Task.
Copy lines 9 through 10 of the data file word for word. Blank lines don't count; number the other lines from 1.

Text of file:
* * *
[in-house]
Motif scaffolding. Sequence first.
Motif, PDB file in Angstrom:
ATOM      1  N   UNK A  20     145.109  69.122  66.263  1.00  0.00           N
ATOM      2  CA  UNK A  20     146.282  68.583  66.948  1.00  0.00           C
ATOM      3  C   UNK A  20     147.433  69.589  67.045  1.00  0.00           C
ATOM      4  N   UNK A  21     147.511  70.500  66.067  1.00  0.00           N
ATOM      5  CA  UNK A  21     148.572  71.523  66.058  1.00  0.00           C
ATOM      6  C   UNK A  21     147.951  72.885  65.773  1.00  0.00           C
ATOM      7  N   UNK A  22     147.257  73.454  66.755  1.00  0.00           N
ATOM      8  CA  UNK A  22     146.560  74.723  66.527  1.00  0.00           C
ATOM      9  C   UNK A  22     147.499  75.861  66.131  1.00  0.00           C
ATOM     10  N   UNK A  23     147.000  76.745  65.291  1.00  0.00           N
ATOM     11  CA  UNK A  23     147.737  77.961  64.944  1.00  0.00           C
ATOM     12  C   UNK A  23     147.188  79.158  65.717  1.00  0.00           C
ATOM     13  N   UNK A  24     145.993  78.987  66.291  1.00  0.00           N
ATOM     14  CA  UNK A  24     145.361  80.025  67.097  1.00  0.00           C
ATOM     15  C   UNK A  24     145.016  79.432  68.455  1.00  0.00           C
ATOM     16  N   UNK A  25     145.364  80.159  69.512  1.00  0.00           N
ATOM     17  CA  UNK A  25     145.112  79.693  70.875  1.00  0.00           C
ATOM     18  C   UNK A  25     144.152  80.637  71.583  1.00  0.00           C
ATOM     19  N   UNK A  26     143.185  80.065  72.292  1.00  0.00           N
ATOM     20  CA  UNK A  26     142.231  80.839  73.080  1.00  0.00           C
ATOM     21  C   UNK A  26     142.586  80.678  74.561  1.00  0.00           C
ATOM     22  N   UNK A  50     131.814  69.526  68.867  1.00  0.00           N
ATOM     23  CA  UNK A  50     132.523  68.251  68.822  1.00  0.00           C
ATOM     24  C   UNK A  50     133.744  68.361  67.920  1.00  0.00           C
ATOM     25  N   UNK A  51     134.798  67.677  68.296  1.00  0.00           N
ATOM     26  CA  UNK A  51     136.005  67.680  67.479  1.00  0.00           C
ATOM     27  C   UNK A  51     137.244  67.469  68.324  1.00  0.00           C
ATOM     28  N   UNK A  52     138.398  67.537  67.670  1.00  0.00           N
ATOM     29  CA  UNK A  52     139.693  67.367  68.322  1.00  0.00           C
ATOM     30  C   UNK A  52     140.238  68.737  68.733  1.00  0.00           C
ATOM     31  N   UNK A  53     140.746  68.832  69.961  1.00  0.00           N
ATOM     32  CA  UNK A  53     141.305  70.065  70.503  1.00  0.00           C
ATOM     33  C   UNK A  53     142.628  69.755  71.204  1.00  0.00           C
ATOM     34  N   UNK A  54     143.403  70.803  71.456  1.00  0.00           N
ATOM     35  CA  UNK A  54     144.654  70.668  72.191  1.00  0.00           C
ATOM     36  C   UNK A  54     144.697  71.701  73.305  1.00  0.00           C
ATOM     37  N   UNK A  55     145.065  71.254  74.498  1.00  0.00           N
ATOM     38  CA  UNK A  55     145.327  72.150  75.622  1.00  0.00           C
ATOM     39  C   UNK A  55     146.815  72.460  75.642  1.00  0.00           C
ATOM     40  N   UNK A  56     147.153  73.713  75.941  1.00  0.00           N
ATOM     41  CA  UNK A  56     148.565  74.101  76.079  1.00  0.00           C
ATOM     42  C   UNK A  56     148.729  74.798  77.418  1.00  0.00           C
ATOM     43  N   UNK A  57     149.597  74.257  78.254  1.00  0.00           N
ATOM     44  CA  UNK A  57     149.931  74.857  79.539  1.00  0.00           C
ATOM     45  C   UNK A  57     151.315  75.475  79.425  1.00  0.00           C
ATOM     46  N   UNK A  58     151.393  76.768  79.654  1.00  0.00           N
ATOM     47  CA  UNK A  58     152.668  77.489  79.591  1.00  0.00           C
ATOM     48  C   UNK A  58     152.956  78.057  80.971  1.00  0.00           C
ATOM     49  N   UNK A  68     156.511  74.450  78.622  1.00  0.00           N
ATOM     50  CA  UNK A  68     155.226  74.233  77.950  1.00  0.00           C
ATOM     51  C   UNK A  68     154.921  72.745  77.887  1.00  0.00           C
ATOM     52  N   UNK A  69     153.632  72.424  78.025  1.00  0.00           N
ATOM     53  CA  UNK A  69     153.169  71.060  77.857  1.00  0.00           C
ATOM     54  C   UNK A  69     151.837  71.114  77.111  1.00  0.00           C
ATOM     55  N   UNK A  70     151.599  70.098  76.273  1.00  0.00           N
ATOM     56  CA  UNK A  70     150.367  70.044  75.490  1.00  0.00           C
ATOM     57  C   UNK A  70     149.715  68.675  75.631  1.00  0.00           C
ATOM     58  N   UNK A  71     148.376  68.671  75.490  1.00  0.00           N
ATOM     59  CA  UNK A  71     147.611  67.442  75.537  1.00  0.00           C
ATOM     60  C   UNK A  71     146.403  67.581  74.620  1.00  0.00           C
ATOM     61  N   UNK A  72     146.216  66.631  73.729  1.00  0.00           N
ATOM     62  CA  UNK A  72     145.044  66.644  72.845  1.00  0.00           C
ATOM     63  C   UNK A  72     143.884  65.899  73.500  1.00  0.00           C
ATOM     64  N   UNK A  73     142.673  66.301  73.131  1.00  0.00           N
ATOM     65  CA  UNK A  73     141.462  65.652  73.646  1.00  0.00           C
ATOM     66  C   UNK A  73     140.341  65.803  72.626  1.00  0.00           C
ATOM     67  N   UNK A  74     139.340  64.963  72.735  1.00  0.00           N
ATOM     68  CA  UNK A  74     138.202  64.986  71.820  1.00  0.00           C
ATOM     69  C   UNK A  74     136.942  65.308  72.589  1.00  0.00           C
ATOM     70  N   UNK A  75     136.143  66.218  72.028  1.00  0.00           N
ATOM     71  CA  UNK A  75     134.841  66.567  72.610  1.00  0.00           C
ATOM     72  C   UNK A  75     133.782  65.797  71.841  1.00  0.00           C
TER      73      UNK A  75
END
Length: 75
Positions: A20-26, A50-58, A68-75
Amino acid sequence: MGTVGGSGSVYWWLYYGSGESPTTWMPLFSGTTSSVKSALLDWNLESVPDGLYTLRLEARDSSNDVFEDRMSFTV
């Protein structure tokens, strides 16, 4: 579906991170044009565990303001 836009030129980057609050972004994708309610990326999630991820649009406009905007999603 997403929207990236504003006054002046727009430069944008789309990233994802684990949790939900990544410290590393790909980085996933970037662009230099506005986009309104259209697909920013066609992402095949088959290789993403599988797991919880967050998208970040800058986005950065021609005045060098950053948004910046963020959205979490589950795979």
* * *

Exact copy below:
ATOM      6  C   UNK A  21     147.951  72.885  65.773  1.00  0.00           C
ATOM      7  N   UNK A  22     147.257  73.454  66.755  1.00  0.00           N